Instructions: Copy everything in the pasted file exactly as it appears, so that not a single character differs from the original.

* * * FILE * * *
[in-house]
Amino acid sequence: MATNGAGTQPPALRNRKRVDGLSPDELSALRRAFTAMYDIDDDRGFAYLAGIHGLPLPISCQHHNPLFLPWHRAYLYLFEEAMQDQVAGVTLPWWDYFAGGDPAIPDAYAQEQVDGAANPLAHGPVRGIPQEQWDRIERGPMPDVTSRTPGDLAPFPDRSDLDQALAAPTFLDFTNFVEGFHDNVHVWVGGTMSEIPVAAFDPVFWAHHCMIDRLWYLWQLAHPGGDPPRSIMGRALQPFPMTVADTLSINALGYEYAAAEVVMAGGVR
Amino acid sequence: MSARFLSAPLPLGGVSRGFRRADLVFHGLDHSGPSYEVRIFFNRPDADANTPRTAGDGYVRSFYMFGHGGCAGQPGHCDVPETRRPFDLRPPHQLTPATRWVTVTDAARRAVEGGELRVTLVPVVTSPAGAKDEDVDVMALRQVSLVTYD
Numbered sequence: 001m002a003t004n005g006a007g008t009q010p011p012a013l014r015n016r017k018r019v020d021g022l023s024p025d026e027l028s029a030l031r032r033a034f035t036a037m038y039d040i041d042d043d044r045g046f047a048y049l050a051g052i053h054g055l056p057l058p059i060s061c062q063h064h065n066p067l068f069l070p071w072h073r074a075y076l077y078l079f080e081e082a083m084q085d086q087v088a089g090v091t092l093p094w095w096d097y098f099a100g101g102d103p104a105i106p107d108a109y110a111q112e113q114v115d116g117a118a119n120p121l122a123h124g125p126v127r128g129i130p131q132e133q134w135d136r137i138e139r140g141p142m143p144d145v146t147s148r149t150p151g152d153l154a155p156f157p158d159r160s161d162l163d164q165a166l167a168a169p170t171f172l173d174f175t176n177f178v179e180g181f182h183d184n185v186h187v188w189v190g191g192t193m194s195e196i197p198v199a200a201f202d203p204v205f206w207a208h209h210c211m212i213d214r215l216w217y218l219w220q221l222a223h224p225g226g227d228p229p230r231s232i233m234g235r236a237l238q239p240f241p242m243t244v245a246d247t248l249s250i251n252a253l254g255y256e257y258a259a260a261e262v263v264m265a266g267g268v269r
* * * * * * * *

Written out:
[in-house]
Amino acid sequence: MATNGAGTQPPALRNRKRVDGLSPDELSALRRAFTAMYDIDDDRGFAYLAGIHGLPLPISCQHHNPLFLPWHRAYLYLFEEAMQDQVAGVTLPWWDYFAGGDPAIPDAYAQEQVDGAANPLAHGPVRGIPQEQWDRIERGPMPDVTSRTPGDLAPFPDRSDLDQALAAPTFLDFTNFVEGFHDNVHVWVGGTMSEIPVAAFDPVFWAHHCMIDRLWYLWQLAHPGGDPPRSIMGRALQPFPMTVADTLSINALGYEYAAAEVVMAGGVR
Amino acid sequence: MSARFLSAPLPLGGVSRGFRRADLVFHGLDHSGPSYEVRIFFNRPDADANTPRTAGDGYVRSFYMFGHGGCAGQPGHCDVPETRRPFDLRPPHQLTPATRWVTVTDAARRAVEGGELRVTLVPVVTSPAGAKDEDVDVMALRQVSLVTYD
Numbered sequence: 001m002a003t004n005g006a007g008t009q010p011p012a013l014r015n016r017k018r019v020d021g022l023s024p025d026e027l028s029a030l031r032r033a034f035t036a037m038y039d040i041d042d043d044r045g046f047a048y049l050a051g052i053h054g055l056p057l058p059i060s061c062q063h064h065n066p067l068f069l070p071w072h073r074a075y076l077y078l079f080e081e082a083m084q085d086q087v088a089g090v091t092l093p094w095w096d097y098f099a100g101g102d103p104a105i106p107d108a109y110a111q112e113q114v115d116g117a118a119n120p121l122a123h124g125p126v127r128g129i130p131q132e133q134w135d136r137i138e139r140g141p142m143p144d145v146t147s148r149t150p151g152d153l154a155p156f157p158d159r160s161d162l163d164q165a166l167a168a169p170t171f172l173d174f175t176n177f178v179e180g181f182h183d184n185v186h187v188w189v190g191g192t193m194s195e196i197p198v199a200a201f202d203p204v205f206w207a208h209h210c211m212i213d214r215l216w217y218l219w220q221l222a223h224p225g226g227d228p229p230r231s232i233m234g235r236a237l238q239p240f241p242m243t244v245a246d247t248l249s250i251n252a253l254g255y256e257y258a259a260a261e262v263v264m265a266g267g268v269r